By James W. Dolan
How will history view the Mueller Report? I expect it will be seen as a well-intentioned and thorough catalogue of misdeeds (criminal or otherwise) committed to secure the election of Donald Trump and keep him in office despite compelling evidence of obstruction of justice. Many, including Trump, believed the revelations would undermine his presidency and likely lead to his impeachment.
Why, after a two-year investigation by a dedicated staff under the leadership of a highly respected Republican and former longtime head of the FBI, did the rocket fizzle? Perhaps expectations were unreasonably high. More likely, the launch itself was flawed in the first place when the administration, in the person of Attorney General William Barr, was given the opportunity in advance to interpret the report’s ambiguities in a light most favorable to the administration. Upon reviewing the document, he announced the president had been exonerated. By so doing, he undermined the impact of its revelations.
Secondly, Robert Mueller relied more on proven qualities of discipline and restraint rather than the bold leadership he demonstrated as a decorated Marine officer while serving in Vietnam. The releasing of the report, particularly in light of the spin and distortion by the administration, required a more aggressive advocate. It needed to be vigorously defended by the leader of the team that produced it. Expecting facts leading to a conclusion, the public did not understand the constraints under which Mueller believed he was operating. It was a time when asking for forgiveness, rather than permission, was called for.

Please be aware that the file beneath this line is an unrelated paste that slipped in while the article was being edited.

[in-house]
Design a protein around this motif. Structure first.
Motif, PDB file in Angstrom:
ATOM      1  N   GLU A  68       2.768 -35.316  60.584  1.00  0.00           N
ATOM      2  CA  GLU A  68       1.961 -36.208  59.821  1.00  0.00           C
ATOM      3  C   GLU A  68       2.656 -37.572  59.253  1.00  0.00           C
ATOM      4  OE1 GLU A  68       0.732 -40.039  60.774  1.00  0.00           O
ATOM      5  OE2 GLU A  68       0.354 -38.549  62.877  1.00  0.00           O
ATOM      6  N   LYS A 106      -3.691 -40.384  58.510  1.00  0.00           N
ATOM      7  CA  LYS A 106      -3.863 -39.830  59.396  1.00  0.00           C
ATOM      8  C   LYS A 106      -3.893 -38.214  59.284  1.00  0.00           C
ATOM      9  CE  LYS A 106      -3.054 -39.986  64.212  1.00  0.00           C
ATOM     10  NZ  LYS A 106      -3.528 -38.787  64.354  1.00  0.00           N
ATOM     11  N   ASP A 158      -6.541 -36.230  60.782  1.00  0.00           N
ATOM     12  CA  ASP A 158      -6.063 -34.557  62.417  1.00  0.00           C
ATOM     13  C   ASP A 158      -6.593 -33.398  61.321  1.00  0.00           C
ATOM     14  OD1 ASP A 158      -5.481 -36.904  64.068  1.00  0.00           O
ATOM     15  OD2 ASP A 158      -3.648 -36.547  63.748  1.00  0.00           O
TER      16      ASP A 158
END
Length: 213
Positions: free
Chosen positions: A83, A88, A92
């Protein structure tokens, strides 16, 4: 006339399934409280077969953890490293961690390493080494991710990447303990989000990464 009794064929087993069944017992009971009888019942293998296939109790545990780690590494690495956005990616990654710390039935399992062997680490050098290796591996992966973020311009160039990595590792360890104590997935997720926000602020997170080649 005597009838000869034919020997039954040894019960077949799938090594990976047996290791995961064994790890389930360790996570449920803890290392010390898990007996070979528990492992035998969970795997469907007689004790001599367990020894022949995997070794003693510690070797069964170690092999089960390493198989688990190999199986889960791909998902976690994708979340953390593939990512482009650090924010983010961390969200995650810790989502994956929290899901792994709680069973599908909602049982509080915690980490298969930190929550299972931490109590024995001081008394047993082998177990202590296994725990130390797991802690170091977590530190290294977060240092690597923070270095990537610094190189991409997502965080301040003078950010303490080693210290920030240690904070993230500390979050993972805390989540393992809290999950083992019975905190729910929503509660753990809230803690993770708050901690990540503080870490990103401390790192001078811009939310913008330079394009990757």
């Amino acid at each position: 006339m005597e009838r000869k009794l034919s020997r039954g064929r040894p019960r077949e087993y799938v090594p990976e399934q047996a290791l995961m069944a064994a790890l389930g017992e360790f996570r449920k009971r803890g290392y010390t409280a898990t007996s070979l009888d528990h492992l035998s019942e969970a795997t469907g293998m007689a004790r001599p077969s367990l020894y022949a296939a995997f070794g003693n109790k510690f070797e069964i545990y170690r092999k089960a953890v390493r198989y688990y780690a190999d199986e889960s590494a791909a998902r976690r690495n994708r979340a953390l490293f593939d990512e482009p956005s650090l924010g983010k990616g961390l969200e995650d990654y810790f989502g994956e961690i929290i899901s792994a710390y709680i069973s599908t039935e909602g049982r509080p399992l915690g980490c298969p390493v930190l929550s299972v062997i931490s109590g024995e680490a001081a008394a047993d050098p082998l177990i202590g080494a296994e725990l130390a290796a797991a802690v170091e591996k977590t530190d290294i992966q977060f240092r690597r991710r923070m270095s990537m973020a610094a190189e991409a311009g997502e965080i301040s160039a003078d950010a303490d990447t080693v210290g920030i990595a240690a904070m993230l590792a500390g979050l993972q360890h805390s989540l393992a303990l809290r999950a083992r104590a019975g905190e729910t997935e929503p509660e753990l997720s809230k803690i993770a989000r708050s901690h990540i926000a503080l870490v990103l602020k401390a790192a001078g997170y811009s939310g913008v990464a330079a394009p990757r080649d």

Mueller’s failure to better define and strongly defend the report at a much anticipated congressional hearing was disappointing, perhaps, some speculated, due to health issues. It called to mind the lines in William Yeats’s poem, The Second Coming: “The best lack all conviction while the worst are full of passionate intensity.”
Without clear recommendations and a proposed course of action, the report misfired. It will eventually be filed away in history’s archives as just another opportunity lost. It was exhaustively researched but flawed by too much equivocation; a good plot but no resolution. The end of this very troubled era in the nation’s history will depend not on Congress or the courts but on the voters.
James W. Dolan is a retired Dorchester District Court judge who now practices law.